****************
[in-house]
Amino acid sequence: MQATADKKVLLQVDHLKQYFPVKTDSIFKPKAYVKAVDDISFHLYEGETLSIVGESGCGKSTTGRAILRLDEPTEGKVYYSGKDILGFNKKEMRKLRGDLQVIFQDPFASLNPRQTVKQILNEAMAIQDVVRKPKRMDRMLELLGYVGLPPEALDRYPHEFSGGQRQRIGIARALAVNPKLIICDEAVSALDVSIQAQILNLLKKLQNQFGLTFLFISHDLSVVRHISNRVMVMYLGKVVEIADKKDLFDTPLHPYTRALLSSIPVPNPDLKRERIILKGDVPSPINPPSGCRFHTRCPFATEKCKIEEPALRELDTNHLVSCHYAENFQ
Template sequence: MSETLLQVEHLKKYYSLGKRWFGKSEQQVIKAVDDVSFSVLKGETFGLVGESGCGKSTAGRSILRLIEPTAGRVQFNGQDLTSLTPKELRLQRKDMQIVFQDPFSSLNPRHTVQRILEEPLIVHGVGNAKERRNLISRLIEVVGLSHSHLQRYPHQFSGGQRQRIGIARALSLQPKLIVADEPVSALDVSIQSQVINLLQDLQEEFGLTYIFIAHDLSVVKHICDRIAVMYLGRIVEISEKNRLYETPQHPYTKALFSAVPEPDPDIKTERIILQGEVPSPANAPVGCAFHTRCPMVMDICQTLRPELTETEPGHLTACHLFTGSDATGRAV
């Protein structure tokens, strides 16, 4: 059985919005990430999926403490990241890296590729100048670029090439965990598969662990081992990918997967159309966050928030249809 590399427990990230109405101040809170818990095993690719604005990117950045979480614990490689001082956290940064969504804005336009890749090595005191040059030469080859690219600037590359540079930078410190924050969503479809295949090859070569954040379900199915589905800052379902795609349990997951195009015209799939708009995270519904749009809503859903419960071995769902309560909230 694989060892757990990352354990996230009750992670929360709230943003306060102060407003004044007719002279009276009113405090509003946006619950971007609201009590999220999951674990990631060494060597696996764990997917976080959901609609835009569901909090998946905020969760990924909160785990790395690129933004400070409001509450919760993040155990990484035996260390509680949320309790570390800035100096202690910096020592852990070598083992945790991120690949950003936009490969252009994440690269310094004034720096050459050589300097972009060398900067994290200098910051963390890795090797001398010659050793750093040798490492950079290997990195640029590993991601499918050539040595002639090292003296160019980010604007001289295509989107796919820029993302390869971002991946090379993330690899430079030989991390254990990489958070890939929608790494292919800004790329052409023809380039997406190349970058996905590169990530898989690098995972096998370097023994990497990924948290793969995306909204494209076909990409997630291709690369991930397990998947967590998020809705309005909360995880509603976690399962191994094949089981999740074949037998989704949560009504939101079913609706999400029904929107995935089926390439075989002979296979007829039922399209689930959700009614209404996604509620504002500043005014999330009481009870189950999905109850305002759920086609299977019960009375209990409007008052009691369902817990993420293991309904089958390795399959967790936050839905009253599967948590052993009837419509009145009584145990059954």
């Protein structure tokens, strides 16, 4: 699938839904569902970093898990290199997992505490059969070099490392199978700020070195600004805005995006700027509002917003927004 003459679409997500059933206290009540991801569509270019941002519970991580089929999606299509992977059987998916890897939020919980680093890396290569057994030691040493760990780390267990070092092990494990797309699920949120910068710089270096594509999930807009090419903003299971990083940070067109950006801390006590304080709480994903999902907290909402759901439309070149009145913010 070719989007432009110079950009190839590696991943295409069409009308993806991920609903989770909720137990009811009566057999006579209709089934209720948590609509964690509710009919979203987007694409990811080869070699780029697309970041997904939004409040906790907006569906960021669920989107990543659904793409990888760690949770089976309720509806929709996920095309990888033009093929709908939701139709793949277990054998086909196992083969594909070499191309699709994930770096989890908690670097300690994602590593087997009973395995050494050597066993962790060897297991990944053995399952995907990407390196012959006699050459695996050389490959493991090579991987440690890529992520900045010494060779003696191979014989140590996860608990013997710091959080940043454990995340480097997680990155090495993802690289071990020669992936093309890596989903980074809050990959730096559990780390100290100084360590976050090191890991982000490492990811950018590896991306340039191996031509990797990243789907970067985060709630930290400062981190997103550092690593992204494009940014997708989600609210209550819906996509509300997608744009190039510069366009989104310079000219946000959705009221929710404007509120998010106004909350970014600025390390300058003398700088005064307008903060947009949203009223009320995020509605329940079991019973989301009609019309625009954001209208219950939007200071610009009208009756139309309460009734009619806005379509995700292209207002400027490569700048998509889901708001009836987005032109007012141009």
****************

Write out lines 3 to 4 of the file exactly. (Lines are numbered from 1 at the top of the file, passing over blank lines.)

Template sequence: MSETLLQVEHLKKYYSLGKRWFGKSEQQVIKAVDDVSFSVLKGETFGLVGESGCGKSTAGRSILRLIEPTAGRVQFNGQDLTSLTPKELRLQRKDMQIVFQDPFSSLNPRHTVQRILEEPLIVHGVGNAKERRNLISRLIEVVGLSHSHLQRYPHQFSGGQRQRIGIARALSLQPKLIVADEPVSALDVSIQSQVINLLQDLQEEFGLTYIFIAHDLSVVKHICDRIAVMYLGRIVEISEKNRLYETPQHPYTKALFSAVPEPDPDIKTERIILQGEVPSPANAPVGCAFHTRCPMVMDICQTLRPELTETEPGHLTACHLFTGSDATGRAV
């Protein structure tokens, strides 16, 4: 059985919005990430999926403490990241890296590729100048670029090439965990598969662990081992990918997967159309966050928030249809 590399427990990230109405101040809170818990095993690719604005990117950045979480614990490689001082956290940064969504804005336009890749090595005191040059030469080859690219600037590359540079930078410190924050969503479809295949090859070569954040379900199915589905800052379902795609349990997951195009015209799939708009995270519904749009809503859903419960071995769902309560909230 694989060892757990990352354990996230009750992670929360709230943003306060102060407003004044007719002279009276009113405090509003946006619950971007609201009590999220999951674990990631060494060597696996764990997917976080959901609609835009569901909090998946905020969760990924909160785990790395690129933004400070409001509450919760993040155990990484035996260390509680949320309790570390800035100096202690910096020592852990070598083992945790991120690949950003936009490969252009994440690269310094004034720096050459050589300097972009060398900067994290200098910051963390890795090797001398010659050793750093040798490492950079290997990195640029590993991601499918050539040595002639090292003296160019980010604007001289295509989107796919820029993302390869971002991946090379993330690899430079030989991390254990990489958070890939929608790494292919800004790329052409023809380039997406190349970058996905590169990530898989690098995972096998370097023994990497990924948290793969995306909204494209076909990409997630291709690369991930397990998947967590998020809705309005909360995880509603976690399962191994094949089981999740074949037998989704949560009504939101079913609706999400029904929107995935089926390439075989002979296979007829039922399209689930959700009614209404996604509620504002500043005014999330009481009870189950999905109850305002759920086609299977019960009375209990409007008052009691369902817990993420293991309904089958390795399959967790936050839905009253599967948590052993009837419509009145009584145990059954």